The Museum of Fine Arts in Boston is a sprawling complex filled with dozens of galleries and exhibits featuring artwork from around the globe and through the centuries. This is the kind of art museum that you can spend hours at and still not see everything there. The art and antiquities are also a great conversation starter for families.
Museum of Fine Arts
465 Huntington Avenue
Boston, MA . 02115
Your best introduction to Boston’s Revolutionary history is a walk along the Freedom Trail. The Trail, marked on the ground in red, passes 16 of the city’s historic sites including churches, burial grounds and museums. There are different options for exploring the 2.5 mile Trail. You can casually pop in and out of the different sites or take a free, self-guided walking tour.
Another popular option and one I recommend is taking one of the guided tours offered by the Freedom Trail Foundation. I opted for the 90-minute Walk into History tour. We met our guide, dressed in period attire, at the information kiosk in the Boston Common, the oldest public park in America. We wound our way through the Granary Burying Ground, the final resting spot of Paul Revere, John Hancock and Sam Adams and past many other sites, concluding our tour at Faneuil Hall and the Quincy Market.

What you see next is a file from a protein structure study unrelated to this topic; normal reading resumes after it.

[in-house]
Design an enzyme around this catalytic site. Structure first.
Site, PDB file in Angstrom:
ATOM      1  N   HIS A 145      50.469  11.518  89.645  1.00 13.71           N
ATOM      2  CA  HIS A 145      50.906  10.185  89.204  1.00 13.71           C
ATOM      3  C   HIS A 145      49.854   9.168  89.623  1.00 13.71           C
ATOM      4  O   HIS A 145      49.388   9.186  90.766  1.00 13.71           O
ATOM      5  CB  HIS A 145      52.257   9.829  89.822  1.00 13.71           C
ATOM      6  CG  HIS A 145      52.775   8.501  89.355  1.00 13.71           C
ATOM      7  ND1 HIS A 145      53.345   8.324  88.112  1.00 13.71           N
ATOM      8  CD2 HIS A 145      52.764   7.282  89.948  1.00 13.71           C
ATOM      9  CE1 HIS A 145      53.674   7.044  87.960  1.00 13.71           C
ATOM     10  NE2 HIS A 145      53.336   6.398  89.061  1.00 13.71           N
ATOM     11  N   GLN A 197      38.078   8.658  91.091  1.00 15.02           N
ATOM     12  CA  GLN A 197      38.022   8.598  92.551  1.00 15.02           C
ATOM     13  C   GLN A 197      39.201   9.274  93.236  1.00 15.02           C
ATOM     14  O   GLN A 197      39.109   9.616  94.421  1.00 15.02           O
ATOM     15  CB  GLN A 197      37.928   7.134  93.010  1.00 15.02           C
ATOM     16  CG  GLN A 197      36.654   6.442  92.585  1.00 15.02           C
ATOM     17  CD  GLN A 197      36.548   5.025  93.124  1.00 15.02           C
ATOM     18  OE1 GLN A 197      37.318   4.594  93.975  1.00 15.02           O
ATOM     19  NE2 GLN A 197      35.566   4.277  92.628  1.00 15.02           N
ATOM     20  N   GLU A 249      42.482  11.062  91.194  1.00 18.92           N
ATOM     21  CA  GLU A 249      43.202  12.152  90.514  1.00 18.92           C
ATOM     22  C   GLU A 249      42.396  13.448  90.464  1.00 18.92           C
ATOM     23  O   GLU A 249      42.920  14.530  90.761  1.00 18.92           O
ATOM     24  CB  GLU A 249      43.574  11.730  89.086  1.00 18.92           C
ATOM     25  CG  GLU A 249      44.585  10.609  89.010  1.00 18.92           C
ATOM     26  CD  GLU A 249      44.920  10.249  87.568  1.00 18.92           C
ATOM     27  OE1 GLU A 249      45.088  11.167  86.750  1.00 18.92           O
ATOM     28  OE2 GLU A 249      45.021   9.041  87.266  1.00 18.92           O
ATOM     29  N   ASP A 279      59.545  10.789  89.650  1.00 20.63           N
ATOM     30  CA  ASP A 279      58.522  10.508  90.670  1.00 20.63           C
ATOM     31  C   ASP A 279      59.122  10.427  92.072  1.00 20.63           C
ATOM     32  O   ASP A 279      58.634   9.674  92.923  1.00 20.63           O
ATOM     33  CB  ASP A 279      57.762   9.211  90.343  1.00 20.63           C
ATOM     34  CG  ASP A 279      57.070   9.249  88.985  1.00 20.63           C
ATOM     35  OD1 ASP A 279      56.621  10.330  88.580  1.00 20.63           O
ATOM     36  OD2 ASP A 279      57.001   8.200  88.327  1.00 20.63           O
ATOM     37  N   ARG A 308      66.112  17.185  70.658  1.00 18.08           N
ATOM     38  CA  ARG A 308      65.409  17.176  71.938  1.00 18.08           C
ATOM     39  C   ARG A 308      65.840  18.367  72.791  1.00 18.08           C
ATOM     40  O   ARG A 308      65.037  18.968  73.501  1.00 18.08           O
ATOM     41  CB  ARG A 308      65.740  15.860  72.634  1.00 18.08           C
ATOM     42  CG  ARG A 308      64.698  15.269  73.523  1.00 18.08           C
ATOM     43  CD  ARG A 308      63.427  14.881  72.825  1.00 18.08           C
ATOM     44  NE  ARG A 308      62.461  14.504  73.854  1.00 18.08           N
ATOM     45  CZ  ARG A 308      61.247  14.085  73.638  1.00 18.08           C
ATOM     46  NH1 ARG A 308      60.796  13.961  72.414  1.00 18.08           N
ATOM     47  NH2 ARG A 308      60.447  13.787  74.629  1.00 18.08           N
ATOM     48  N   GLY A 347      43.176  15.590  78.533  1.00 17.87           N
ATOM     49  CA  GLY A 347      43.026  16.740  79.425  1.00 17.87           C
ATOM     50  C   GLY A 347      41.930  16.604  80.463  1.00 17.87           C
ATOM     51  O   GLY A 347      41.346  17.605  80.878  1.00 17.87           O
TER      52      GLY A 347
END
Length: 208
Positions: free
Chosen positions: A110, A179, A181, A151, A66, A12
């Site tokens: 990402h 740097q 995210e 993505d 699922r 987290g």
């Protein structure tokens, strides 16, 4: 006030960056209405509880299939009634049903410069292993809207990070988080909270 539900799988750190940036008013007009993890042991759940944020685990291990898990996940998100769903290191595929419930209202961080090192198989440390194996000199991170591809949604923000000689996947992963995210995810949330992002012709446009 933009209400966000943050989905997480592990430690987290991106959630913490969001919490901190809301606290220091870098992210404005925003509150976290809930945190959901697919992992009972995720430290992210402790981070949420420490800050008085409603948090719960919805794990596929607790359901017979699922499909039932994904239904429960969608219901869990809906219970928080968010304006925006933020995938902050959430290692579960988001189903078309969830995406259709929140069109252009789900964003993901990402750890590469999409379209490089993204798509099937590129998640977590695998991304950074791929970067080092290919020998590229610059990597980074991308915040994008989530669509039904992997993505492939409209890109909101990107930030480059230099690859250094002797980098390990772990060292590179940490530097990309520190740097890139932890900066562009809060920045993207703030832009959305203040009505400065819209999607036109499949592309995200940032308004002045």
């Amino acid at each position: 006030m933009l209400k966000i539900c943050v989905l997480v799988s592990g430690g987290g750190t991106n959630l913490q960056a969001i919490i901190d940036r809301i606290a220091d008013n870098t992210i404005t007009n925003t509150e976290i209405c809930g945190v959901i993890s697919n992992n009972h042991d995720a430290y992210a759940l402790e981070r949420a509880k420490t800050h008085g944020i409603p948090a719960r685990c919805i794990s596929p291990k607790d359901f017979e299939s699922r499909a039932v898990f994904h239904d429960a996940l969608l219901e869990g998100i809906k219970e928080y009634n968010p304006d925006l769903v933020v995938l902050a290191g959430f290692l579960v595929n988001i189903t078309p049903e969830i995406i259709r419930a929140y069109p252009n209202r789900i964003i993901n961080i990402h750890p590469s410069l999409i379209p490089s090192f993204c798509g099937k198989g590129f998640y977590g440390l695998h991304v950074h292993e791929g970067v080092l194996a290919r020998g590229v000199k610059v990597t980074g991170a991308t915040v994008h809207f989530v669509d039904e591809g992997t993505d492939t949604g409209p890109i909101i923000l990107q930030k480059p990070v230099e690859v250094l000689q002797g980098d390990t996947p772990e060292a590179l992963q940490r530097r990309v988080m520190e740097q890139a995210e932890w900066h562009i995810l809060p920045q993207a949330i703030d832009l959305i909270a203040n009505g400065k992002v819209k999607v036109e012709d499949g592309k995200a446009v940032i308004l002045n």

You don’t get to enter any of the museums during the tour but it does provide a taste of what each of the sites has to offer. So, depending on your interests, you can go back and explore!
Boston Common Visitor Information Center
139 Tremont St
Boston, MA 02111
A dedicated group of volunteers run the Boston Fire Museum, devoted to the history of firefighting in the city. Don’t miss the antique fire engines, including a pumper from 1793, constructed by Paul Revere.
Another favorite attraction at the museum is Sparky, the firehouse Dalmation! The museum is open on Saturdays from 9:30 a.m. – 4:00 p.m. and admission is free (but donations are appreciated!).
Boston Fire Museum
344 Congress Street
Boston, MA 02120